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Undoctored: The Story of a Medic Who Ran Out of Patients, by Adam Kay
Adam Kay returns and will once again have you in stitches in 'Undoctored'. In his most honest and incisive book yet, he reflects on what's happened since hanging up his scrubs and examines a life inextricably bound up with medicine. Battered and bruised from his time on the NHS frontline, Kay looks back, moves forwards and opens up some old wounds. Hilarious and heartbreaking, horrifying and humbling, 'Undoctored' is the astonishing portrait of a life by one of Britain's best-loved storytellers.
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Box 88, by Charles Cumming
1989: The fall of the Berlin Wall is imminent and the Cold War will soon be over. But for Box 88, a top secret spying agency known only to an inner circle of MI6 and CIA operatives, the espionage game is heating up. Lachlan Kite, recruited straight from an elite boarding school, is sent to France - the frontline of a new secret war. Kite is tasked with gathering intelligence on a mysterious Iranian businessman implicated in the tragic Lockerbie bombing. But what he uncovers is even more deadly. 2020: MI5 hear rumours of Box 88's existence and go after Kite - only for Iranian intelligence to get to him first. Taken captive and subjected to torture, Kite is presented with a simple choice: reveal the truth about what happened in France thirty years earlier - or watch his family die.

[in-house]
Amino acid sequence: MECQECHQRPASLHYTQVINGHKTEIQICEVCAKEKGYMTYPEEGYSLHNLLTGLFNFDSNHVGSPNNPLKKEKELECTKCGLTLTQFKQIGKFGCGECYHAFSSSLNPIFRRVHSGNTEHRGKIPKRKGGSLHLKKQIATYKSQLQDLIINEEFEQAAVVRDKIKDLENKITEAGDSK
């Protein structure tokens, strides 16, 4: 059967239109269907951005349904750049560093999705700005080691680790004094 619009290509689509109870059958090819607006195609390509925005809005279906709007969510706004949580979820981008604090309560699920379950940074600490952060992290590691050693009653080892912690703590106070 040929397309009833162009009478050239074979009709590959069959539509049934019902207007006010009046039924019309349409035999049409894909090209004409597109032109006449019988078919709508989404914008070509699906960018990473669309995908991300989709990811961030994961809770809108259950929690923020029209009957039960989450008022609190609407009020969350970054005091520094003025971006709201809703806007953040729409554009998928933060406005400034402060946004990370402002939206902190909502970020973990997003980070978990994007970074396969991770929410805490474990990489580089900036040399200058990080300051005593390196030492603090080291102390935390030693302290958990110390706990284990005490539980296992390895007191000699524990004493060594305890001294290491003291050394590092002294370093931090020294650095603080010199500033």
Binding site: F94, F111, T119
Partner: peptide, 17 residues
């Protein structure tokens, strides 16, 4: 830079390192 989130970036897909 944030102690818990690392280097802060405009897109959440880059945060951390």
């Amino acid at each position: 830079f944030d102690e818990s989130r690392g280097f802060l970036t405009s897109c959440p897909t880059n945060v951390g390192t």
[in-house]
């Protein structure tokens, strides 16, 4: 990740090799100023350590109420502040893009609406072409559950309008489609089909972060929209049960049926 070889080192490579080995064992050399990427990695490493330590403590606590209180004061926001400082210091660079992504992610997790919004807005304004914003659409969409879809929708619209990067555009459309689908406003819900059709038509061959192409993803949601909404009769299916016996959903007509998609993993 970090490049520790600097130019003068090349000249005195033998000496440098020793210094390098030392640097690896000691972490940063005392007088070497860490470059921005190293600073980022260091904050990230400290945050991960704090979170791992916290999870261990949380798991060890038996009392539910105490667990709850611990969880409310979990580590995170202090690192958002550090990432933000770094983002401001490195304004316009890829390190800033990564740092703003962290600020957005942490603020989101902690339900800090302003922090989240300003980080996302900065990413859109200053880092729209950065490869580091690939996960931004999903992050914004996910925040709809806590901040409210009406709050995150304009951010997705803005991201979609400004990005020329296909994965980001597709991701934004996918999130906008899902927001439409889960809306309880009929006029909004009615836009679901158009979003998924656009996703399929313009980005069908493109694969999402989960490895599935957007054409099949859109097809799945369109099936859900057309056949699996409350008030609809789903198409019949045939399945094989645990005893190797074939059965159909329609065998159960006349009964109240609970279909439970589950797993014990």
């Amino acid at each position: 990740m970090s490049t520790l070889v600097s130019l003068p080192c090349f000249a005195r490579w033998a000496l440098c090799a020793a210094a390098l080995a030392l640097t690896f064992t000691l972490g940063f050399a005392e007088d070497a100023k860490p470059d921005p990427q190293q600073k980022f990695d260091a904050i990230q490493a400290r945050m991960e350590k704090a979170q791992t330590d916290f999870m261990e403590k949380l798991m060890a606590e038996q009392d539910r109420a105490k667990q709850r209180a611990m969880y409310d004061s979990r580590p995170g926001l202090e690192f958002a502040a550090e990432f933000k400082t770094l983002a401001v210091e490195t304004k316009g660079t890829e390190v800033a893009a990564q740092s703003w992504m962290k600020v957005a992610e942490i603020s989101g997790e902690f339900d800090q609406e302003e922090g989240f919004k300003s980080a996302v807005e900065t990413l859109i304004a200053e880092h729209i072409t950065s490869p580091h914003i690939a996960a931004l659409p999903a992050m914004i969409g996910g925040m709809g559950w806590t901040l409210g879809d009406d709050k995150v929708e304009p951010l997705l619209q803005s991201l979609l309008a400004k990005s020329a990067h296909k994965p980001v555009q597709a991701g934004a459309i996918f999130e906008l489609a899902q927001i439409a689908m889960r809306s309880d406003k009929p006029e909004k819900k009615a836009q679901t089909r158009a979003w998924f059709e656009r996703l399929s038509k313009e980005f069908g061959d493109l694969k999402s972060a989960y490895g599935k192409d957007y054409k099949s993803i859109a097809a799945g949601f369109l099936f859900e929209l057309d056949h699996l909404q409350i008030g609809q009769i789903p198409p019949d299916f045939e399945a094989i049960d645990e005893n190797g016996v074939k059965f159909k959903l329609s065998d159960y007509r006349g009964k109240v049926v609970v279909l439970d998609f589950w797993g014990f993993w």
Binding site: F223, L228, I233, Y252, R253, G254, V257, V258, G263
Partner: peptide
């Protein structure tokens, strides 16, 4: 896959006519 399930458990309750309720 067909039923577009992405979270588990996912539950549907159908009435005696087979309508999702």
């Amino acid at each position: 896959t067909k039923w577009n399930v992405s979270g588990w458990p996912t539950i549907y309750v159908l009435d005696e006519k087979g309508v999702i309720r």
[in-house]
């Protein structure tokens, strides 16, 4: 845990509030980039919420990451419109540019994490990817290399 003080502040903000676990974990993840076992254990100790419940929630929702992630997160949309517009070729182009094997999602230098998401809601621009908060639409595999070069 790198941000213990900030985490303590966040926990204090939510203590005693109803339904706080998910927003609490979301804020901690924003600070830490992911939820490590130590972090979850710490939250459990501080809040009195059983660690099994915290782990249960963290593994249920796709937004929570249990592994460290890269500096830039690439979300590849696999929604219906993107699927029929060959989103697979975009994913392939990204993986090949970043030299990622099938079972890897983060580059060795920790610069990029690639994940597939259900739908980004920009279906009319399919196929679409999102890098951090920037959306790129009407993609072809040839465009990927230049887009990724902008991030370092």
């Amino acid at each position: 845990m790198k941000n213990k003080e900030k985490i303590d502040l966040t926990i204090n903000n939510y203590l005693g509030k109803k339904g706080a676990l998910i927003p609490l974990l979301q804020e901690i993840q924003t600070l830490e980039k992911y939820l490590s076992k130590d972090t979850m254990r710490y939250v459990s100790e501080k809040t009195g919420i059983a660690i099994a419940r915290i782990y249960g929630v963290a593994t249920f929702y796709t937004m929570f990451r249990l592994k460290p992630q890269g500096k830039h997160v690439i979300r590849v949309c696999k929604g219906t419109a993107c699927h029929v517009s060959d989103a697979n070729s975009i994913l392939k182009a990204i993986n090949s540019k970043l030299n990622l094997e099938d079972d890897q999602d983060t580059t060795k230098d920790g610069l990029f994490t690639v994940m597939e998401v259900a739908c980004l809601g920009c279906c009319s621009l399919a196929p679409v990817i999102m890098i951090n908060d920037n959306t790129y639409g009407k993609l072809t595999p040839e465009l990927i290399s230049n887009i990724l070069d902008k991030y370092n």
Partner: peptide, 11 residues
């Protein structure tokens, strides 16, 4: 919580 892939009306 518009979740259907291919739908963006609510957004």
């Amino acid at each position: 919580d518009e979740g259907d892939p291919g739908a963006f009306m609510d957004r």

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The Favour, by Nora Murphy
Leah Dawson and McKenna Hawkins had a lot in common, but they had never met. They are smart, professional women living in the same prosperous neighbourhood in lovely houses with picket fences and beautiful gardens. And they were both married to successful, good-looking men who both seem bent on having 'the perfect wife'. They don't - ever - find themselves in the same train carriage or meet accidentally at the gym or in the coffee shop. And they don't - ever - discuss their problems and find common ground. But they do cross paths. And they see something each recognises in the other. That they are living in hell. Neither narrator is unreliable. They always tell us the truth. And their truth hurts. A lot. Because these two attractive, intelligent professional women are living in a hell of their husband's making. And there is no way to get out of hell. Is there?